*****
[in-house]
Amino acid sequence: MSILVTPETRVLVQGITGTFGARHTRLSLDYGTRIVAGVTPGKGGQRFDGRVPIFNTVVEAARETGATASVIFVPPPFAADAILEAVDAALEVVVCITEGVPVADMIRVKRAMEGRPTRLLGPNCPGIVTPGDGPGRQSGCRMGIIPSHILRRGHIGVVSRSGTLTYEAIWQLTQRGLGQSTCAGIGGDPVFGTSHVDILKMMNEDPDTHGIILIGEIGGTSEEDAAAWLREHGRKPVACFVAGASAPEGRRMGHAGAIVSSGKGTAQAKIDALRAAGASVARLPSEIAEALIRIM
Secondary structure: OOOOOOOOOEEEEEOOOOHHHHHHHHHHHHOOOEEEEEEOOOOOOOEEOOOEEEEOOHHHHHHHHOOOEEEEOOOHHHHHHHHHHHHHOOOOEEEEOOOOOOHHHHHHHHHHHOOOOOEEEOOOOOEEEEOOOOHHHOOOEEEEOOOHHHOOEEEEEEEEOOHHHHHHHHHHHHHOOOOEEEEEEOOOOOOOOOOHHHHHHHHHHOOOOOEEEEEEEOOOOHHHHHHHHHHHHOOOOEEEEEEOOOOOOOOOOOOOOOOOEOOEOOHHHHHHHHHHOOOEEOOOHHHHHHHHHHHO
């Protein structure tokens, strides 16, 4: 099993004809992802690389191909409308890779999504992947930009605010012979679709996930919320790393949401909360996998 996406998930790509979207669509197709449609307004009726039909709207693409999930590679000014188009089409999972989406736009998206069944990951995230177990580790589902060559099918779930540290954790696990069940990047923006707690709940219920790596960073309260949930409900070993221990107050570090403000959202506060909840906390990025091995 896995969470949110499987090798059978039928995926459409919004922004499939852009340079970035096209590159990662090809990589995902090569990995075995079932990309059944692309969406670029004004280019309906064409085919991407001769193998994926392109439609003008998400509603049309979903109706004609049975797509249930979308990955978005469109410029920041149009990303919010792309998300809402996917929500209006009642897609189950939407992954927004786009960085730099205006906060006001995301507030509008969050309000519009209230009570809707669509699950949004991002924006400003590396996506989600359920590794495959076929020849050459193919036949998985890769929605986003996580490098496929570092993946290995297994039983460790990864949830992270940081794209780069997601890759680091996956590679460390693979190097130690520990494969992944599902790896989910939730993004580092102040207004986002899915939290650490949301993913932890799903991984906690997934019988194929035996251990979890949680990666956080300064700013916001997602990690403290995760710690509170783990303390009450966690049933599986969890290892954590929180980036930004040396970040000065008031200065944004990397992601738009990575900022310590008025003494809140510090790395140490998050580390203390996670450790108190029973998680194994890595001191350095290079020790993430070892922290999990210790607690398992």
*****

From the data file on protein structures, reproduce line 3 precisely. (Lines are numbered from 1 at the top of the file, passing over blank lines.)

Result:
Secondary structure: OOOOOOOOOEEEEEOOOOHHHHHHHHHHHHOOOEEEEEEOOOOOOOEEOOOEEEEOOHHHHHHHHOOOEEEEOOOHHHHHHHHHHHHHOOOOEEEEOOOOOOHHHHHHHHHHHOOOOOEEEOOOOOEEEEOOOOHHHOOOEEEEOOOHHHOOEEEEEEEEOOHHHHHHHHHHHHHOOOOEEEEEEOOOOOOOOOOHHHHHHHHHHOOOOOEEEEEEEOOOOHHHHHHHHHHHHOOOOEEEEEEOOOOOOOOOOOOOOOOOEOOEOOHHHHHHHHHHOOOEEOOOHHHHHHHHHHHO